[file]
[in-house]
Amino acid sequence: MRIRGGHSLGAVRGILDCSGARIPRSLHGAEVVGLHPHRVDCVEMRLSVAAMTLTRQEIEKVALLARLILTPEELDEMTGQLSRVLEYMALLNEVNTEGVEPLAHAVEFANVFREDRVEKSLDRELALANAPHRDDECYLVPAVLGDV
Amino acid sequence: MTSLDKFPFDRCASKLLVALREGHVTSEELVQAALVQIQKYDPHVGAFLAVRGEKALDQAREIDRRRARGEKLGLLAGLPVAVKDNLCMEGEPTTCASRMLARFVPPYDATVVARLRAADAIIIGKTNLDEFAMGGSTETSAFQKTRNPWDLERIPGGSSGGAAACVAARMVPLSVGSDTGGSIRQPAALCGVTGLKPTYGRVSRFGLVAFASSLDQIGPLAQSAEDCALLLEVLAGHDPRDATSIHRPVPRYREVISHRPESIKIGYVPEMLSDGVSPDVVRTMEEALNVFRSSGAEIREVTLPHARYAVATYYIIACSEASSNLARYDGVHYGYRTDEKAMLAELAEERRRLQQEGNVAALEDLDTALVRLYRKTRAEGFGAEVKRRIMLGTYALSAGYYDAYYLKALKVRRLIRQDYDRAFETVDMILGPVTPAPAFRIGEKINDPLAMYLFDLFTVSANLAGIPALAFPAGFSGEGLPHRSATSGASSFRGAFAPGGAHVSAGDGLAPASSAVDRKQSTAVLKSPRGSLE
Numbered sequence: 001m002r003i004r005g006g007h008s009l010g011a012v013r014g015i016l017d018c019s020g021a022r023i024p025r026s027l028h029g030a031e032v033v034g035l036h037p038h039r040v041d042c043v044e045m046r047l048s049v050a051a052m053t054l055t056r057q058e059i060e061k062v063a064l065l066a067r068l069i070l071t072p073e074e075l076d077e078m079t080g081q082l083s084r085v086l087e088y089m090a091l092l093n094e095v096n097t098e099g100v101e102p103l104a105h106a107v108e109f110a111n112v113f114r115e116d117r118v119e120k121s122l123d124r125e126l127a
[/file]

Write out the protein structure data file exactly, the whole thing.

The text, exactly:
[in-house]
Amino acid sequence: MRIRGGHSLGAVRGILDCSGARIPRSLHGAEVVGLHPHRVDCVEMRLSVAAMTLTRQEIEKVALLARLILTPEELDEMTGQLSRVLEYMALLNEVNTEGVEPLAHAVEFANVFREDRVEKSLDRELALANAPHRDDECYLVPAVLGDV
Amino acid sequence: MTSLDKFPFDRCASKLLVALREGHVTSEELVQAALVQIQKYDPHVGAFLAVRGEKALDQAREIDRRRARGEKLGLLAGLPVAVKDNLCMEGEPTTCASRMLARFVPPYDATVVARLRAADAIIIGKTNLDEFAMGGSTETSAFQKTRNPWDLERIPGGSSGGAAACVAARMVPLSVGSDTGGSIRQPAALCGVTGLKPTYGRVSRFGLVAFASSLDQIGPLAQSAEDCALLLEVLAGHDPRDATSIHRPVPRYREVISHRPESIKIGYVPEMLSDGVSPDVVRTMEEALNVFRSSGAEIREVTLPHARYAVATYYIIACSEASSNLARYDGVHYGYRTDEKAMLAELAEERRRLQQEGNVAALEDLDTALVRLYRKTRAEGFGAEVKRRIMLGTYALSAGYYDAYYLKALKVRRLIRQDYDRAFETVDMILGPVTPAPAFRIGEKINDPLAMYLFDLFTVSANLAGIPALAFPAGFSGEGLPHRSATSGASSFRGAFAPGGAHVSAGDGLAPASSAVDRKQSTAVLKSPRGSLE
Numbered sequence: 001m002r003i004r005g006g007h008s009l010g011a012v013r014g015i016l017d018c019s020g021a022r023i024p025r026s027l028h029g030a031e032v033v034g035l036h037p038h039r040v041d042c043v044e045m046r047l048s049v050a051a052m053t054l055t056r057q058e059i060e061k062v063a064l065l066a067r068l069i070l071t072p073e074e075l076d077e078m079t080g081q082l083s084r085v086l087e088y089m090a091l092l093n094e095v096n097t098e099g100v101e102p103l104a105h106a107v108e109f110a111n112v113f114r115e116d117r118v119e120k121s122l123d124r125e126l127a